According to the distributor of the Fitch Fuel Catalyst system, Power Fuel Savers, results from the Golden Alaska’s current fishing season are showing fuel savings on its boiler of about 130 gpd and of 340-475 gpd during operating days on its main engines compared to a baseline established in the B fishing season of 2014.
Power Fuel Savers has confirmed that at least one major tug operator is now evaluating the Fitch technology for its fuel savings potential and other benefits.
RSC Bio Solutions: Grease for the Extremes
RSC Bio Solutions’ newest grease developed specifically for severe applications, RSC EnviroLogic Grease 2 WREP (Water Resistant Extreme Pressure), an environmentally acceptable lubricant, has been formulated to offer excellent water resistance and extreme-pressure performance. As an EAL, the product is compliant with the US EPA’s Vessel General Permit and the International Maritime Organization’s Polar Code. This blue Lithium Complex grease is formulated with polyalphaolefin (PAO) and hydrocarbon-related type base fluids; it meets or exceeds the performance requirements of a grease used on articulated tug barges; and it also qualifies as a wire rope grease.
In addition, the new grease offers anti-wear performance; a broad operating temperature range from below freezing to 204°; good oxidation stability, pumpability and shear stability; and sealing properties that keep out water and debris. The product is highly suited as a ferrous and yellow metal corrosion protection agent, and also provides steel corrosion protection, as demonstrated by its Salt Fog (B117) Test pass mark after 1,000 hours of 10 out of 10 and its Humidity Cabinet Test pass mark after 1,500 hours of 10 out of 10.
Developed to meet the needs of the marine industry, Lubriplate Lubricants Company’s LUBRIPLATE BIOBASED EP-2 grease is an environmentally acceptable lubricant (EAL) that meets US EPA 2013 Vessel General Permit (VGP) requirements; passes the US EPA Static Sheen Test (1617); and passes US EPA Acute Toxicity Test LC50.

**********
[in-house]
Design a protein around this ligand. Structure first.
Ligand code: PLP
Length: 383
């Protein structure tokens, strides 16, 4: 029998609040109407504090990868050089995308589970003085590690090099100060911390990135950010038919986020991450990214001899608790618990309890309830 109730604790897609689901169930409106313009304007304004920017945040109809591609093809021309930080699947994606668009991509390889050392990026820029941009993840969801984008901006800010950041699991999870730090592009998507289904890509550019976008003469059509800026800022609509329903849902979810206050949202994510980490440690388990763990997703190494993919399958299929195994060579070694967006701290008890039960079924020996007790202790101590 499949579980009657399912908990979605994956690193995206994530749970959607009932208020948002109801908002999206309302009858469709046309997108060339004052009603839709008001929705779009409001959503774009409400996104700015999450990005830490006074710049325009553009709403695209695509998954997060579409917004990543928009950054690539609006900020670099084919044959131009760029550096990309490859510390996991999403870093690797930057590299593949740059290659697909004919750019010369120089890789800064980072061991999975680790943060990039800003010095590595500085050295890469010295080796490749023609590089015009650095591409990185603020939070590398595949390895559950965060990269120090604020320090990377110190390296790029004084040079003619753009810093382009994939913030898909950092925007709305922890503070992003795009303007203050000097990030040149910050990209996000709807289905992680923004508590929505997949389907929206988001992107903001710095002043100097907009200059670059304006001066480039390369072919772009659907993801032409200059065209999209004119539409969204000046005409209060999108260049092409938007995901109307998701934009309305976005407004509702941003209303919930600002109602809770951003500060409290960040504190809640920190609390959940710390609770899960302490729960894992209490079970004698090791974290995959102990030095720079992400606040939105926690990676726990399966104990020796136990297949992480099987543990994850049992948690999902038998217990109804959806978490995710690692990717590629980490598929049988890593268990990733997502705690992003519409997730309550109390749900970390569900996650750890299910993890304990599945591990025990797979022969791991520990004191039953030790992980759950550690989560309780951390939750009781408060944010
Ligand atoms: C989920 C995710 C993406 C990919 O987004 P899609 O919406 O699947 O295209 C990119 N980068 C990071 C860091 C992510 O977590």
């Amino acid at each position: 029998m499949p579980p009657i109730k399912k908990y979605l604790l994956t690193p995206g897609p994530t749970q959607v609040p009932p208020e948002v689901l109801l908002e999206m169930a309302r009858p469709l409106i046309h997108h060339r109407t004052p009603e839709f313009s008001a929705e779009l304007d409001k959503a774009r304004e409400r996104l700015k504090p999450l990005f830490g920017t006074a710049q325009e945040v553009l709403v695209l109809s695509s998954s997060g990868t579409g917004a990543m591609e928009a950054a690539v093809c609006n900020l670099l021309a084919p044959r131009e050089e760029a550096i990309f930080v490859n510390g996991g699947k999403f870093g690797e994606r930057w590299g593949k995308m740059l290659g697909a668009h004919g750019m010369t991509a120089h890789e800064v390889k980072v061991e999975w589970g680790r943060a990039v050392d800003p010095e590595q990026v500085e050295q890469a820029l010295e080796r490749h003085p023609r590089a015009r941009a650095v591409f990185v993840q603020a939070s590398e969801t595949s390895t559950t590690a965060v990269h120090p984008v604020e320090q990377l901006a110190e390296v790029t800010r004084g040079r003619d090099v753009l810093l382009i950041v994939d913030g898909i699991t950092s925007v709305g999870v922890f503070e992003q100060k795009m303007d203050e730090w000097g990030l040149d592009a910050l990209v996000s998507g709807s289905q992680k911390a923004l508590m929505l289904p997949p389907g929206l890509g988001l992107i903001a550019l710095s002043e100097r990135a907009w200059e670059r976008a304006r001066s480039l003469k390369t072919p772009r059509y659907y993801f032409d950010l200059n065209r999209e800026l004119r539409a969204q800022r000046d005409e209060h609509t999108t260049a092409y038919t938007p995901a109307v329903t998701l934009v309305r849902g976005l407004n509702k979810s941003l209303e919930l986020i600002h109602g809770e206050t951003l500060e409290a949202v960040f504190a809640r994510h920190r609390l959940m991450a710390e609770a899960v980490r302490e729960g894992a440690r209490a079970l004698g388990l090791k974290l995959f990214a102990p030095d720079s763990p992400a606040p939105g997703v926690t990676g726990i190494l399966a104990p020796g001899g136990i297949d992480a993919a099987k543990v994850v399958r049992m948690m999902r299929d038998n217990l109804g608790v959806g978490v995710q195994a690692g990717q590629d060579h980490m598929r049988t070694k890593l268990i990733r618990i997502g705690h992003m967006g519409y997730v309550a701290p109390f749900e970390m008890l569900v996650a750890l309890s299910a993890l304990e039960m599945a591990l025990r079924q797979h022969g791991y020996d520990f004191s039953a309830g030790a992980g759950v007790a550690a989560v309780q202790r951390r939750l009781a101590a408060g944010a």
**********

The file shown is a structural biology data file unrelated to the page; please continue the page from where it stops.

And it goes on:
The product is classed as Ultimately Biodegradable (Pw1) and is designed to protect slow- to medium-speed bearings, articulated tug barges (ATB) notch interfaces, rudder shafts, wire rope, above-deck equipment, port equipment, cranes, barges, oil platforms, and water treatment and hydroelectric facilities.
The grease has high-performance extreme-pressure/anti-wear properties and is highly resistant to both fresh and salt water. The product is available in cartridges and 120 lb drums.
(As published in the May 2018 edition of Maritime Reporter & Engineering News)
Other stories from May 2018 issue
- Scrapping Risks page: 12
- Ship Tech: U.S. Coast Guard R&D Center page: 12
- Cranes, Heavy Lift Shipping, Engineering and New Technologies page: 14
- Riding Shipping's Digital Wave page: 16
- Interview: Darren Larkins - CEO, SSI page: 18
- Interview: Volvo Penta's Ron Huibers page: 24
- German Shipowners Get Back to Basics page: 26
- LNG is the Bridge to ‘Zero Emissions’ Shipping page: 30
- Interview: Kitack Lim, Secretary-General, IMO page: 34
- New Maritime Fuel Rules: Scrubber Solutions page: 42
- Kouroumplis: Greece Continues to Pace the Global Shipping Sector page: 46
- Skentelbery Drives Grand Bahama Shipyard page: 54
- Fuels, Lubricants & Green Marine page: 60
- MarTID: A New Tool for Maritime Training Professionals page: 66